The Chili Cookoff at Henderson Harley Davidson was a HUGE success for everybody involved. As for me, I had a chance to make chili from scratch for the first time, and did pretty well. I lucked out by finding a great recipe online (from imgur user MandelbrotFractalBear) which I adapted slightly for the competition. One nice Harley Owners Group member came up afterwards to give me a handshake and said “That was the best damn chili I ever had.” So it turned out well!  Recipe below!


Here’s the recipe I used to make the Texas Red all meat chili for this year’s Henderson Harley Davidson Chili Cookoff.


  • Chili Time5 lbs (one log) ground beef (mesquite smoked or mix in liquid smoke)
  • 1 package beef sausage (kielbasa)
  • 1 Large yellow onion
  • 2 jalapenos
  • 1 bulb garlic
  • 6 dried guajillo peppers
  • 20 oz beef stock
  • 2 dark beers
  • 4 oz tomato paste
  • 1 cup flour
  • 1 cup vegetable oil
  • 2 tbsp brown sugar

Chili Seasoning Mix:

  • Chili Spices1 cup chili powder
  • 2 tbsp smoked salt (or sea salt if you must)
  • 3 tbsp garlic powder
  • 3 tbsp onion powder
  • 4 tbsp paprika
  • 5 tbsp cumin
  • 3 tbsp cayenne
  • 2 tbsp ground black pepper
  • 2 tbsp ground mustard

The Mirepoix

Mirepoix is your flavor base. This chili uses the guajillo peppers, the onion, the garlic, the jalapenos, and the beef sausage as the base.

Guajillo PeppersCut off the top of the guajillo peppers and dispose of the seeds and the white-ish connective tissue inside. Rip into small pieces and drop into about 2 cups of warm water to help them soften.

Cut off the top of the jalapenos and slice them in half. Remove the seeds and the white connective tissue. Sear the jalapenos on a hot skillet, or by holding directly over the flame on your stove till they get nice and charred on the outside. When you are happy with how charred they are, chop them up into chunks.

Pull out your smoked beef sausage and give it a rough chop.

Rough chop your onion and your garlic cloves.

remove the guajillo peppers from the water (KEEP THE WATER) and add all the mirepoix ingredients to a food processor or blender. Blend until it becomes a paste. This is your flavor paste!

The Roux

Add oil and flour to a pan on medium high heat. Stir constantly. It will bubble and smoke a bit. Keep whisking, keep scraping the bottom and sides. The roux should begin to darken and will eventually become a chocolate brown. Takes about 5 – 7 minutes for light brown, and an extra few minutes for dark brown.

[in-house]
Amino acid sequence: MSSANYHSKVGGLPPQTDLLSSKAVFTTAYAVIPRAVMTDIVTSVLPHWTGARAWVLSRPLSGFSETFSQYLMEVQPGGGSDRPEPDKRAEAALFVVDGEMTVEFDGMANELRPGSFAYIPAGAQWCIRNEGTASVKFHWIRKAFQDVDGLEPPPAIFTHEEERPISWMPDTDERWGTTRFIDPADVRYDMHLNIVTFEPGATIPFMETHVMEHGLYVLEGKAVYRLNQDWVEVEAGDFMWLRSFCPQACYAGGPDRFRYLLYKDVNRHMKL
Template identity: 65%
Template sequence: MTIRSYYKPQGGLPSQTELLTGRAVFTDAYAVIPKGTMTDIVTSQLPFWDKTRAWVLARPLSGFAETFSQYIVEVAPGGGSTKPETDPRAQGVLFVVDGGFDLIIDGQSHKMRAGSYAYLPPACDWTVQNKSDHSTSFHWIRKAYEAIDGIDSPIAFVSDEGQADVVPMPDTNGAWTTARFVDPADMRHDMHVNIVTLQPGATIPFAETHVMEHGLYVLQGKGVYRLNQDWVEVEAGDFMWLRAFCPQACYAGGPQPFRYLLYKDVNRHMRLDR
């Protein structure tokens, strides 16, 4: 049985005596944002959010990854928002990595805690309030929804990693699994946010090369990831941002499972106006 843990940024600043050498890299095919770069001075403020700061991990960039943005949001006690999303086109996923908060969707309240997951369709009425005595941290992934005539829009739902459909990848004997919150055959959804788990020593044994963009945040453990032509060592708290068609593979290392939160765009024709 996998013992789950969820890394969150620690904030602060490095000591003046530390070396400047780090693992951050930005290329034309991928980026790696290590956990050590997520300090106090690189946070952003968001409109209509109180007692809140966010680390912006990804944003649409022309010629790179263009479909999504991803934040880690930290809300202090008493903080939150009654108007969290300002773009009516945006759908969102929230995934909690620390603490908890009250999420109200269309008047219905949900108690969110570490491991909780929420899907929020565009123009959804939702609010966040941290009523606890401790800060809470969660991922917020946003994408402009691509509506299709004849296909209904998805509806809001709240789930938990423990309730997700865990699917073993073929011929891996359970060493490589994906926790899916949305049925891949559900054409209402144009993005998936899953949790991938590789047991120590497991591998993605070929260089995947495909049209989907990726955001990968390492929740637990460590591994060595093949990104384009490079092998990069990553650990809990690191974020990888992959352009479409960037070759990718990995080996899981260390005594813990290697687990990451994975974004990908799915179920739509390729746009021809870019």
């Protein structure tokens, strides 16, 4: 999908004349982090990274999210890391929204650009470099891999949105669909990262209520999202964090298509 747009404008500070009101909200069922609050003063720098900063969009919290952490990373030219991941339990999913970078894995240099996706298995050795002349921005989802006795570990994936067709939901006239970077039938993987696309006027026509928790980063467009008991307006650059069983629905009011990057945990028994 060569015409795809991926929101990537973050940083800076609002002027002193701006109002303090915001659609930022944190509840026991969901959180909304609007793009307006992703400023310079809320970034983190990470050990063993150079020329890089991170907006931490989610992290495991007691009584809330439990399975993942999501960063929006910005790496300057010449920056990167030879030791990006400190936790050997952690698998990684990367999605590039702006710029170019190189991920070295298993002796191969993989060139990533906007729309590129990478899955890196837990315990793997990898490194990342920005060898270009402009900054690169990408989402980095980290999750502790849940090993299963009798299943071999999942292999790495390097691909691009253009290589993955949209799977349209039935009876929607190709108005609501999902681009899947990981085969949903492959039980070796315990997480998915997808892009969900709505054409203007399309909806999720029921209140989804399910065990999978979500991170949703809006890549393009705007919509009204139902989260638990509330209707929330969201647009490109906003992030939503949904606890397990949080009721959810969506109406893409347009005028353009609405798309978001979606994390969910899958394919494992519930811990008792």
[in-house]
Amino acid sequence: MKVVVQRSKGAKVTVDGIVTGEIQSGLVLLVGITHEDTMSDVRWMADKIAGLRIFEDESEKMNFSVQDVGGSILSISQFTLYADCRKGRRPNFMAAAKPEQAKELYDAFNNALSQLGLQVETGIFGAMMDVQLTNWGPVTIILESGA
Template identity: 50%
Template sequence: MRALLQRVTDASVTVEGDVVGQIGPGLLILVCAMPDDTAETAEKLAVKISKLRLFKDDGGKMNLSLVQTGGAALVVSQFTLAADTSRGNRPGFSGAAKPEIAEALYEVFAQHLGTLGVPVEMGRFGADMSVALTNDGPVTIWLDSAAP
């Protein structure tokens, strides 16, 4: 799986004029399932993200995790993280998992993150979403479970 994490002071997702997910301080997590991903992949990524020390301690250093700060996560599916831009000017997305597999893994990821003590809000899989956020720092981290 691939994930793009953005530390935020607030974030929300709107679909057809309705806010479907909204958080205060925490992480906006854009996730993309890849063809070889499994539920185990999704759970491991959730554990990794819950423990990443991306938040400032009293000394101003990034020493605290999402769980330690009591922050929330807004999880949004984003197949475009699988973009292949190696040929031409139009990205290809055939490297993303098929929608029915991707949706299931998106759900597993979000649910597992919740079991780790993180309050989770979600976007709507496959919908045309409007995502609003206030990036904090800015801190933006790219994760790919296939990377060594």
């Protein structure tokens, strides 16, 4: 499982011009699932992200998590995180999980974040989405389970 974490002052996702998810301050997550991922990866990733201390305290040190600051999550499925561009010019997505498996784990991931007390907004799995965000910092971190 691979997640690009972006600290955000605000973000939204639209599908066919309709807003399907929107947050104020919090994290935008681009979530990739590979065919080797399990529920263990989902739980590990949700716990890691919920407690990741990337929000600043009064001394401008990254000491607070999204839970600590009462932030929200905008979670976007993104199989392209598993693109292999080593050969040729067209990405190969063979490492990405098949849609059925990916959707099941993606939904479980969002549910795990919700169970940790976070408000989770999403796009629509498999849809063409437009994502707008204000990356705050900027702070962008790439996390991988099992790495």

Transfer your roux to your chili pot and put the pot over medium heat.

Add your mirepoix flavor paste to the roux and keep it all stirred in. This will help cook the vegetables and meat in the paste. Keep stirring until the mixture is fragrant and sizzling.


Add your beef broth and your beer. The roux will probably fight you but just keep stirring till it’s all incorporated and the mud mixture has got hot again.

Lower temperature to medium low and add the brown sugar.

Meat time

Brown Ya Meat

Cooking the meat in small batches before adding. Be sure to show your war face!

Take about 1/4 of your seasoning mix and mix it into the uncooked meat. If you are using liquid smoke, add it now. Using a separate skillet on medium-high heat, cook the meat in small batches. You’re looking to sear the outside of the meat, not fully cook (unless you REALLY want to).  That crispy, toasted sear on the meat adds a whole new flavor level. As each small batch gets cooked to your satisfaction, add it to the pot, where it can finish cooking in the mud.

Cook 4 oz of tomato paste in the left over fat & oils in the meat skillet. You want to get the paste browned up a bit to concentrate and deepen flavors.

Add about half of your remaining spice mix to the chili pot along with your tomato paste and stir it all up. Cover and return to boiling, stirring occasionally to prevent scorching on the bottom of the pot.

If the mix is too thick, use the leftover Guajillo chili water to help even it out a bit.

Taste and add more seasoning if desired.

Turn off heat and let it sit covered for at least an hour, but preferably overnight. Everybody knows chili tastes better the next day.